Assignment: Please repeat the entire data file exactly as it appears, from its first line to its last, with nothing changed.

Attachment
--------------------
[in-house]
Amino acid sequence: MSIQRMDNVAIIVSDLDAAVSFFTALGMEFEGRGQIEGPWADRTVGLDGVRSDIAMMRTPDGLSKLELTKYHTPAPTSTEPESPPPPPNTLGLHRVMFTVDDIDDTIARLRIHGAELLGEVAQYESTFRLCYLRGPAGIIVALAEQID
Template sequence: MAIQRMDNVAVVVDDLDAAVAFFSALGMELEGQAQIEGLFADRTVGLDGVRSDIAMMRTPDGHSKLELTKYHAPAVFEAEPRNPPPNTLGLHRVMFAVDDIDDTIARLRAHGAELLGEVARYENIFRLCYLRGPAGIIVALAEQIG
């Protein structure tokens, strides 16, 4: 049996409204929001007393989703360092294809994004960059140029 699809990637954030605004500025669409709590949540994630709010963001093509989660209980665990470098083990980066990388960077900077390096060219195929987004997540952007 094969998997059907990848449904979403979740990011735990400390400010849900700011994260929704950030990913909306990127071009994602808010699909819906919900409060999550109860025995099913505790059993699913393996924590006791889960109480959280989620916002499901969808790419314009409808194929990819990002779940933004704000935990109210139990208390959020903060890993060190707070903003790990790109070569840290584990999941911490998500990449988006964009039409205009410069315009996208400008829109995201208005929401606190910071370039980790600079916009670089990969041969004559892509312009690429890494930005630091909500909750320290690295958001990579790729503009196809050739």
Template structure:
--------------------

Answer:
[in-house]
Amino acid sequence: MSIQRMDNVAIIVSDLDAAVSFFTALGMEFEGRGQIEGPWADRTVGLDGVRSDIAMMRTPDGLSKLELTKYHTPAPTSTEPESPPPPPNTLGLHRVMFTVDDIDDTIARLRIHGAELLGEVAQYESTFRLCYLRGPAGIIVALAEQID
Template sequence: MAIQRMDNVAVVVDDLDAAVAFFSALGMELEGQAQIEGLFADRTVGLDGVRSDIAMMRTPDGHSKLELTKYHAPAVFEAEPRNPPPNTLGLHRVMFAVDDIDDTIARLRAHGAELLGEVARYENIFRLCYLRGPAGIIVALAEQIG
């Protein structure tokens, strides 16, 4: 049996409204929001007393989703360092294809994004960059140029 699809990637954030605004500025669409709590949540994630709010963001093509989660209980665990470098083990980066990388960077900077390096060219195929987004997540952007 094969998997059907990848449904979403979740990011735990400390400010849900700011994260929704950030990913909306990127071009994602808010699909819906919900409060999550109860025995099913505790059993699913393996924590006791889960109480959280989620916002499901969808790419314009409808194929990819990002779940933004704000935990109210139990208390959020903060890993060190707070903003790990790109070569840290584990999941911490998500990449988006964009039409205009410069315009996208400008829109995201208005929401606190910071370039980790600079916009670089990969041969004559892509312009690429890494930005630091909500909750320290690295958001990579790729503009196809050739």
Template structure: